News and Views

First national survey of drug use in Ireland’s third level sector is published

20 Jan 2022
l/r- Sam Dick, Project Manager on the DUHEI project , Dr Michael Byrne, Head of Student Health, UCC & Asha Woodhouse, President of UCC student union with the Drug Use in Higher Education Institutions study.

A major national survey to determine the prevalence and type of drug use among the third level student population in Ireland is published today.

The Drug Use in Higher Education Institutions (DUHEI) survey analysed over 11,500 responses from students across 21 higher education institutions, to give a national picture of drug use among Irish university students, so that future policy and practice in the area can be informed. 

Launching the report, the Minister for Further and Higher Education, Research, Innovation and Science Simon Harris TD states; 

 “This report is an important resource for the Department and our higher education institutions. It helps understand the prevalence of drug use and the range of drugs being used by our students as well as detailing the impacts and effects, including harms caused by drug use in our student population. This data is vital to map the extent of the issue and will help us to develop appropriate responses and monitor trends in drug use in higher education over the coming years.” 

The My Understanding of Substance-use Experiences (MyUSE) research team in University College Cork (UCC) developed the study and Dr Michael Byrne, Head of University College Cork (UCC) Student Health and lead of the DUHEI Project team stated;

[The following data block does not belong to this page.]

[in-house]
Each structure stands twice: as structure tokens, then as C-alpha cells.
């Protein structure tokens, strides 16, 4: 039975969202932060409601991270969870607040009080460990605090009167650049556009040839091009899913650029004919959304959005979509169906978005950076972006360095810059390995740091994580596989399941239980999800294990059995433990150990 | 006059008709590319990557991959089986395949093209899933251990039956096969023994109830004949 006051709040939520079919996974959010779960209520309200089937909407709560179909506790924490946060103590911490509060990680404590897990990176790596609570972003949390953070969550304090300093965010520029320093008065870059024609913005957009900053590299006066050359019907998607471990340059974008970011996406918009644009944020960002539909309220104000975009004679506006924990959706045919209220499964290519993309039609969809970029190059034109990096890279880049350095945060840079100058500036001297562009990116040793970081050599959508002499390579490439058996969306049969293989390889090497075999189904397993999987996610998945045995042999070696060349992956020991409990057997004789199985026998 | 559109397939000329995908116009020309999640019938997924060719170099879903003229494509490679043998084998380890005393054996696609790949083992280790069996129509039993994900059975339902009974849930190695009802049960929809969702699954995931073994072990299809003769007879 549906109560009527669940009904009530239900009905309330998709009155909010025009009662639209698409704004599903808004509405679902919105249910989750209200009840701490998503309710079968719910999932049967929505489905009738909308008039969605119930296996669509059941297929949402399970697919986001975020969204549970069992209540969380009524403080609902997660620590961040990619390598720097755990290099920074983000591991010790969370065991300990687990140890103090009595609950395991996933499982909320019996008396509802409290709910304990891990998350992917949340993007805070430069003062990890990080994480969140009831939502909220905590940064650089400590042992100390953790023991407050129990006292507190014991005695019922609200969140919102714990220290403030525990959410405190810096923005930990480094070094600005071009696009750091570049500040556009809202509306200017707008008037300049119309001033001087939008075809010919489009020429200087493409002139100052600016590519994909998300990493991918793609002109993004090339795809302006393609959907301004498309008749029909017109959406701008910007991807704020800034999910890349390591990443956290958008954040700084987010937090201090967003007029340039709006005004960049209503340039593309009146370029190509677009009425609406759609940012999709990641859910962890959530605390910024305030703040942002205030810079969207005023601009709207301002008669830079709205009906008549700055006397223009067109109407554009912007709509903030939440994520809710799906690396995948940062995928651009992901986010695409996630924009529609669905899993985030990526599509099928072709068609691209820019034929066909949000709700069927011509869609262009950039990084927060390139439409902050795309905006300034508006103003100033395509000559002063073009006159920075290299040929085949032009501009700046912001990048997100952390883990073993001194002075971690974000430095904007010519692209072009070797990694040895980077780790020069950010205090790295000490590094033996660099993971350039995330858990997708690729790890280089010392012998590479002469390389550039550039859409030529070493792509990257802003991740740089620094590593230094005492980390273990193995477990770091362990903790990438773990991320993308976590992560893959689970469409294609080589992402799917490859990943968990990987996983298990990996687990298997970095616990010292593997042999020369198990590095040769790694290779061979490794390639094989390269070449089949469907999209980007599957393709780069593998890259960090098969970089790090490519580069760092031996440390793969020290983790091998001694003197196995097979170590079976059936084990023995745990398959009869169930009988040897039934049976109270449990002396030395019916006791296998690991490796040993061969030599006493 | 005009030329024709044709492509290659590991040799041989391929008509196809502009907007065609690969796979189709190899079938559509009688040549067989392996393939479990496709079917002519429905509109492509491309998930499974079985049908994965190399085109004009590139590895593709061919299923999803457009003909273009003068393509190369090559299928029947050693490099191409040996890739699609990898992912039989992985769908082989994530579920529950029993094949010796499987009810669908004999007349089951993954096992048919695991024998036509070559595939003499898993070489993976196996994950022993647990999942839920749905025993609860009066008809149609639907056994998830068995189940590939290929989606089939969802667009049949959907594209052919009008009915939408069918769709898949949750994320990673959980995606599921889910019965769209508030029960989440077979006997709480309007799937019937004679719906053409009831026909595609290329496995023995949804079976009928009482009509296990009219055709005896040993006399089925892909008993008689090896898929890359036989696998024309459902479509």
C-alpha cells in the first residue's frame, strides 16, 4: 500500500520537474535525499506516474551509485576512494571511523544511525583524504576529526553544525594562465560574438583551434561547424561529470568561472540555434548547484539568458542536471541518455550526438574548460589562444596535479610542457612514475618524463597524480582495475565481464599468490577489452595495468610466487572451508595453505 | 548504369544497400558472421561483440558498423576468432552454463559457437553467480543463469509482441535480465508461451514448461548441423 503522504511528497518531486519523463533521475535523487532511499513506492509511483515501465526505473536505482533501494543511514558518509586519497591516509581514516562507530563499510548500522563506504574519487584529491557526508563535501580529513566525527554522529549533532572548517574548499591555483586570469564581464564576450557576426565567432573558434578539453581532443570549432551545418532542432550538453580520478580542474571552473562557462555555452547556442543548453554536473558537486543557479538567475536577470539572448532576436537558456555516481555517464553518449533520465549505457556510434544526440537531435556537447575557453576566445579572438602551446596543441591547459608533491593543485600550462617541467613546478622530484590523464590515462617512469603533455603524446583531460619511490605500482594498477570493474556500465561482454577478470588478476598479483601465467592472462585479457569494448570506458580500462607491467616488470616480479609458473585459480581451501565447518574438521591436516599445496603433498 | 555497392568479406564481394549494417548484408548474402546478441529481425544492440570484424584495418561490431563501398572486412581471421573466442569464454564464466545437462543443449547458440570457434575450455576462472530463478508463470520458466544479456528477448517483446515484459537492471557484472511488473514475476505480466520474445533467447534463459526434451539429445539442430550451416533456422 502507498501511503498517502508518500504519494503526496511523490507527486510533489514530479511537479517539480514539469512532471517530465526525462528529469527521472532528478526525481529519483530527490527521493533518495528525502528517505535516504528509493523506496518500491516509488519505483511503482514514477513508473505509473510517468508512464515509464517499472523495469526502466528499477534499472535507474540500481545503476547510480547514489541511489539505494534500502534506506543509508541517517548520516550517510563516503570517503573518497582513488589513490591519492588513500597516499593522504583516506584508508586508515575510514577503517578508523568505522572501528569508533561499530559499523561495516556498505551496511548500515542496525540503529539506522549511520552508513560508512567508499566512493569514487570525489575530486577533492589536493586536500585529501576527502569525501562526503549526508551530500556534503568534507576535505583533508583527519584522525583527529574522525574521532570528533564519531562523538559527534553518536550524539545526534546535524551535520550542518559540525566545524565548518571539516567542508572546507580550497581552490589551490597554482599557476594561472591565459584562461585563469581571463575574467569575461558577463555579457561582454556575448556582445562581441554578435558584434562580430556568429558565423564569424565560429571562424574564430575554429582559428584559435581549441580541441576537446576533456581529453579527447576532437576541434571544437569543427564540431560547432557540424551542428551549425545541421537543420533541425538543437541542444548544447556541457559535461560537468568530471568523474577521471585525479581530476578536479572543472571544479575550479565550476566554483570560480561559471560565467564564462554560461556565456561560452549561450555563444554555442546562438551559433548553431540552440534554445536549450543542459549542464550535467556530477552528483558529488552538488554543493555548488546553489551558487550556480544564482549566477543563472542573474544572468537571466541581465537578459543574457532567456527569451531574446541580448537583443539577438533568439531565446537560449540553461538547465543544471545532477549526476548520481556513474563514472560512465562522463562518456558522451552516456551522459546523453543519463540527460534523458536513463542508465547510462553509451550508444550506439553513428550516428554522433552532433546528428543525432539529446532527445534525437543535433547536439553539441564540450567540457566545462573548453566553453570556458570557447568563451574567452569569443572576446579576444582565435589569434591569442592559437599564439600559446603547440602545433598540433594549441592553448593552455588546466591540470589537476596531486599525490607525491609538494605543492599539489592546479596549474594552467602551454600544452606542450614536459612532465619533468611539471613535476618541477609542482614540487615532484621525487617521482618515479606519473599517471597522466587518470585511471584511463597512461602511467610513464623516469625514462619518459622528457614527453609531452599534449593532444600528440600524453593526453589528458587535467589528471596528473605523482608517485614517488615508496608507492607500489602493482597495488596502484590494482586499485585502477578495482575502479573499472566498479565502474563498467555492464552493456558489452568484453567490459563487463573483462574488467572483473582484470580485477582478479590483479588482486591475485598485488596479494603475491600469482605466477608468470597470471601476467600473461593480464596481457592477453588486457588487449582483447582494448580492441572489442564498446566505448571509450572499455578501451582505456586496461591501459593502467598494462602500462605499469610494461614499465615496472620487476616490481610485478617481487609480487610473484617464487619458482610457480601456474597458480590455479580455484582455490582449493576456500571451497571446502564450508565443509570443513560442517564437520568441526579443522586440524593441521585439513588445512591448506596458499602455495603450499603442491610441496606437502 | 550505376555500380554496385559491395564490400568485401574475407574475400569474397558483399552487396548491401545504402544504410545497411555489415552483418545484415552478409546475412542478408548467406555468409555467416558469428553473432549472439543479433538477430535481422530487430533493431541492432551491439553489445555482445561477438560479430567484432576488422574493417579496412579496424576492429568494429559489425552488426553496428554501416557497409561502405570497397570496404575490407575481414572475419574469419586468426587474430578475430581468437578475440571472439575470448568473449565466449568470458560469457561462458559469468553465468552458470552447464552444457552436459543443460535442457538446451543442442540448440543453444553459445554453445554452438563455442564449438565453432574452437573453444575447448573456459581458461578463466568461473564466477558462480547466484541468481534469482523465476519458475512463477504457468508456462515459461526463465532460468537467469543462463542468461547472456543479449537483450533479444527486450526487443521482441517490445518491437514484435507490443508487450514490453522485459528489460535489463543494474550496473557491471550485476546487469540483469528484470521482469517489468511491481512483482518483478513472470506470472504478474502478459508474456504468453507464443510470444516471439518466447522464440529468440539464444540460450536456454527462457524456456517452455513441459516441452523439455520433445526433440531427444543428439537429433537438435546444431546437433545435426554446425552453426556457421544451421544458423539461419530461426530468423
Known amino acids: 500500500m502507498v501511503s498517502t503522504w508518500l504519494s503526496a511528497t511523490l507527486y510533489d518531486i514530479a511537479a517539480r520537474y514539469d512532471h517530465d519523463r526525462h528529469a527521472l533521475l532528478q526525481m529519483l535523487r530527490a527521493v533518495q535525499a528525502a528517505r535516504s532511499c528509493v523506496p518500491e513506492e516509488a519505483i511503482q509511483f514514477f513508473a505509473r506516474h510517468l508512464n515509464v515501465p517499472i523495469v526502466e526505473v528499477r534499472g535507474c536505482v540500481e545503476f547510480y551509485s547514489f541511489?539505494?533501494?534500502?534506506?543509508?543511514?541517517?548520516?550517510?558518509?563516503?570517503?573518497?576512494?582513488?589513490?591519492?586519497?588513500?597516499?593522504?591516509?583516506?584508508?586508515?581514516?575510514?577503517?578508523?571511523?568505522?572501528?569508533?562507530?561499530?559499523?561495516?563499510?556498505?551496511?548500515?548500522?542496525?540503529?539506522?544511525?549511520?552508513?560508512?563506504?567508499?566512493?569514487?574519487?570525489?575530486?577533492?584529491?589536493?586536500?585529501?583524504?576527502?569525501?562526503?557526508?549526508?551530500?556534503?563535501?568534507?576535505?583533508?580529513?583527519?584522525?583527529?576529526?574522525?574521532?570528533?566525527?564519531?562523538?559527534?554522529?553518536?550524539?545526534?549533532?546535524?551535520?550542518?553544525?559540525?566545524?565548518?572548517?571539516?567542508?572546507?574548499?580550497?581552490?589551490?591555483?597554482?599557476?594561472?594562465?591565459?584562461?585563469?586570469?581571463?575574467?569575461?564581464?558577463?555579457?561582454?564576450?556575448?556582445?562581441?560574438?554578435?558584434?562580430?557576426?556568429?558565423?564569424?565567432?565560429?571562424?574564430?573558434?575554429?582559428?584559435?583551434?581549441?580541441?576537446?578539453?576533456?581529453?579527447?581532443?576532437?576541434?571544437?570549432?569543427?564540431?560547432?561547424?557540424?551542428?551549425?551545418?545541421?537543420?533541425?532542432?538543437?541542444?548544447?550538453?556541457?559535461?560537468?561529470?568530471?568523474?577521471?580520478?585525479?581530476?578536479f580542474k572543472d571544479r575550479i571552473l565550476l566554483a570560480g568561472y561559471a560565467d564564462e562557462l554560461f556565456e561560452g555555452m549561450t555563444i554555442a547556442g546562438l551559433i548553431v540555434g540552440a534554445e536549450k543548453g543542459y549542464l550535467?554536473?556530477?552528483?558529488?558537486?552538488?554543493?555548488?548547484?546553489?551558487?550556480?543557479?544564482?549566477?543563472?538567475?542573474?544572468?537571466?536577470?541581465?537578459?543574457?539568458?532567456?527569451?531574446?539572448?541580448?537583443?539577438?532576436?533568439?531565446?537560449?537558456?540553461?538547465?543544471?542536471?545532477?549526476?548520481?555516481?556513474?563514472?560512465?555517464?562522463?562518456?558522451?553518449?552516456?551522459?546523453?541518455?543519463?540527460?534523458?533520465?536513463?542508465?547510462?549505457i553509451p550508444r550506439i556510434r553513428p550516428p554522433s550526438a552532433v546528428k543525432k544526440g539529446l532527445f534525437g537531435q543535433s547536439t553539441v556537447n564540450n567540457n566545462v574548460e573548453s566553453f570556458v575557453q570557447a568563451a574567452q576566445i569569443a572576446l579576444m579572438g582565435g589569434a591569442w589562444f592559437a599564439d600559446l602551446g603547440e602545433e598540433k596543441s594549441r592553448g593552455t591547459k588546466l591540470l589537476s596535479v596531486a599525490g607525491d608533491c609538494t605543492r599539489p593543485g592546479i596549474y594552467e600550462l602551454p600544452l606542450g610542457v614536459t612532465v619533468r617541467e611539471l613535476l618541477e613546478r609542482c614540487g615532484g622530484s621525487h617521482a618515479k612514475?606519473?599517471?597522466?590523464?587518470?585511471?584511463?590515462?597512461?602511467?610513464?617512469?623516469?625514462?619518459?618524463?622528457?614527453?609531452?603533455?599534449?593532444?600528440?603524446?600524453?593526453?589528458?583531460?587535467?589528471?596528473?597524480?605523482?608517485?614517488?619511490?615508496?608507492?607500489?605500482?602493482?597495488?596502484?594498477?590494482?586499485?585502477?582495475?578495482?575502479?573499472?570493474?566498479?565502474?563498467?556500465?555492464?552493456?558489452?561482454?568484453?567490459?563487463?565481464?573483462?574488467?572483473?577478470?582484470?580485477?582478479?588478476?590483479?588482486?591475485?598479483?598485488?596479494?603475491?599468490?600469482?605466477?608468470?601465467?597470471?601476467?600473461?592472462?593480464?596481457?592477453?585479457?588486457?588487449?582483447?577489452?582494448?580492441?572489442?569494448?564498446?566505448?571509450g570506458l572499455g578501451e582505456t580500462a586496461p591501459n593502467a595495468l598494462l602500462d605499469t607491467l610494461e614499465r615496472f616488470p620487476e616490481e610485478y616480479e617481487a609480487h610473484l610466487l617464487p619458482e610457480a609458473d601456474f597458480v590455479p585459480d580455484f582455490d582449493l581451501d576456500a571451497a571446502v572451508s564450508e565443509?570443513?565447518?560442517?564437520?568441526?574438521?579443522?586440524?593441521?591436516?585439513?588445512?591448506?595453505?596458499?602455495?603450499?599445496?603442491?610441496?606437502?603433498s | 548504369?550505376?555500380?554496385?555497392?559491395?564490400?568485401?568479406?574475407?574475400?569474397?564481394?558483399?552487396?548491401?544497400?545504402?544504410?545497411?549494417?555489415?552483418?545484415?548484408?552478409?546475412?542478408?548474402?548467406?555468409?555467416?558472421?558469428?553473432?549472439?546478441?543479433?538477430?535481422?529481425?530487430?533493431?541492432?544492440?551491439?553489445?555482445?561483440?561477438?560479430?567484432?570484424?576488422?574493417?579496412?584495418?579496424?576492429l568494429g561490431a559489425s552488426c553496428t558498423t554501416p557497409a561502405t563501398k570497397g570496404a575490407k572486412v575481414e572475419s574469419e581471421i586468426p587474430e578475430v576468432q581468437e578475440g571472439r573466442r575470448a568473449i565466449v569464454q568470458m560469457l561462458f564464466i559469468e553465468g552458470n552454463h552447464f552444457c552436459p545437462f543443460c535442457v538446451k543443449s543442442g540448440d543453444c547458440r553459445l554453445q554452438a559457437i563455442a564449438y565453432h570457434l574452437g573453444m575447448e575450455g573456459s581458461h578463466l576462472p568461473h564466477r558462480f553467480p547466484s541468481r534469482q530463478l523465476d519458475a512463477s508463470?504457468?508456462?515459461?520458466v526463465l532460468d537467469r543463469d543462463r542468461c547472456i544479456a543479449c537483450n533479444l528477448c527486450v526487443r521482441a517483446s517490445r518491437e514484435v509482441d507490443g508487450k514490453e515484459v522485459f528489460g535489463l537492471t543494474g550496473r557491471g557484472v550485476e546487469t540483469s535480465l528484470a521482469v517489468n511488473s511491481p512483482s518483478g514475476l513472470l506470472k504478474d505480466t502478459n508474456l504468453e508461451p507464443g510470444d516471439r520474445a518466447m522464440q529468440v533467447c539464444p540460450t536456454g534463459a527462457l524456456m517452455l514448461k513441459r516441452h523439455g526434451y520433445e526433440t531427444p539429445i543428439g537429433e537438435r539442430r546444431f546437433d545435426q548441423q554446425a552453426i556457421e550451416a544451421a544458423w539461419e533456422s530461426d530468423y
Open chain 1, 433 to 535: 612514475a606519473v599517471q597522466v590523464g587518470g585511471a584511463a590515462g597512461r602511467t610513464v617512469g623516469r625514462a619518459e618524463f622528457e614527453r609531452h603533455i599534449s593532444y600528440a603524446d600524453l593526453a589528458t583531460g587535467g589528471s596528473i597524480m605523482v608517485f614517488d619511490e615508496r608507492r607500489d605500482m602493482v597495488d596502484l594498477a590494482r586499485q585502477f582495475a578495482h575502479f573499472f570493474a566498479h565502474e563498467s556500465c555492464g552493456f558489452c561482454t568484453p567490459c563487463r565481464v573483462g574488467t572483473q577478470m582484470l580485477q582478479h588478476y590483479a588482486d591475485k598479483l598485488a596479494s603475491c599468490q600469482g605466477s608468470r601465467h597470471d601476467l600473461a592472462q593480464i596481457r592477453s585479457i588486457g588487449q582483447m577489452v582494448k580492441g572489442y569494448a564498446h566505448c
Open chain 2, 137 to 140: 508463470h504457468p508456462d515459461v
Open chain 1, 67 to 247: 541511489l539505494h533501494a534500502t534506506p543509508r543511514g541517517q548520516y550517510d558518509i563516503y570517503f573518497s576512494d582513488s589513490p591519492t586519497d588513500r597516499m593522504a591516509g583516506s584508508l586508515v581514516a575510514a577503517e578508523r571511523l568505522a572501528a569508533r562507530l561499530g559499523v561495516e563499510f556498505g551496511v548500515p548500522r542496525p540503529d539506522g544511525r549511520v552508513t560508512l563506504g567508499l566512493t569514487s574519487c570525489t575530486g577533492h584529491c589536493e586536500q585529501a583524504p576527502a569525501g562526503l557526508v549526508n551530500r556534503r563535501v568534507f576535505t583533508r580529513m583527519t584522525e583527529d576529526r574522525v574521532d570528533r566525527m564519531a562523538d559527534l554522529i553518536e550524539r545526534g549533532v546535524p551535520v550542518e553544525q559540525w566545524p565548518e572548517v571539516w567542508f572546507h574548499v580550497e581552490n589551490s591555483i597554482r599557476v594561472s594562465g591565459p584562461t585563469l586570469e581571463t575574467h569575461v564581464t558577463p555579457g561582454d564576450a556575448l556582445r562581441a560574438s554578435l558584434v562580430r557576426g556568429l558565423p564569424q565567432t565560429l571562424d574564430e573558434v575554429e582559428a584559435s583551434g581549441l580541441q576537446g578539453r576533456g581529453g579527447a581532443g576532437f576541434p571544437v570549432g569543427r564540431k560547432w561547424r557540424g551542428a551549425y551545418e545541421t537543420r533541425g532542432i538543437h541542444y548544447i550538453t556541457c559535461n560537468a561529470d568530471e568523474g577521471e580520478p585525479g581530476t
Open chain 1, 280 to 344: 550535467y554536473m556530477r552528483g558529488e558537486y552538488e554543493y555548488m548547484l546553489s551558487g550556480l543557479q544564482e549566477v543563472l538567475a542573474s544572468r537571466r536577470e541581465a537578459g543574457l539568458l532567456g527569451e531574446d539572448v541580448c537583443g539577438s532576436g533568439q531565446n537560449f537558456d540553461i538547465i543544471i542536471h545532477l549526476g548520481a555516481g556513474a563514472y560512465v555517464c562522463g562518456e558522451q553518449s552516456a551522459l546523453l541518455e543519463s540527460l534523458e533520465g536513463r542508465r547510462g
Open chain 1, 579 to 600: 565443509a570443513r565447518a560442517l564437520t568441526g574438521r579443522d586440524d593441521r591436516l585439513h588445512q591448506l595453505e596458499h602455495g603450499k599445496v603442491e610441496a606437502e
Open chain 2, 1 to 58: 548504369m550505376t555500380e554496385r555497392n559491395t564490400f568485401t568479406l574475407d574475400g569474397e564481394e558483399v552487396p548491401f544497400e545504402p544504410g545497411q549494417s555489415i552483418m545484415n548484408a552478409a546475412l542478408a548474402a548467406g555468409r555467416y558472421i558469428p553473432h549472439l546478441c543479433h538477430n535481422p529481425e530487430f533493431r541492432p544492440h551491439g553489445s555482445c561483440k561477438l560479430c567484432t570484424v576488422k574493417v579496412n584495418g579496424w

"Most students in Higher Education in Ireland do not take drugs regularly, but a significant proportion do. If we are to work with our students and our institutions to address this issue, it is vital that we understand the reasons why our students choose to take drugs, or indeed choose not to take drugs; and to base our actions on data and evidence. I am delighted to have had the opportunity to help gather the data and provide the evidence contained in this report. These data will help inform policy and plans in this area for years to come." 


The survey population included undergraduate and postgraduate students aged 18 years and over. Among the findings of the DUHEI survey were:  

  • Over half of students surveyed reported using an illicit drug, with over one-third reporting drug use in the last year, and one-fifth reporting using drugs in the last month. 
  • Over half of students surveyed felt drug use is a normal part of student life, but over half also felt drug use has a somewhat negative or an extremely negative impact on student life.
  • Of those who had used drugs during COVID-19, one in three students had decreased their use; while just less than one in four had increased their use over this period
  • One in four male students report current drug use compared with one in six females.
  • Current drug use rises year on year to peak in last the two years in college.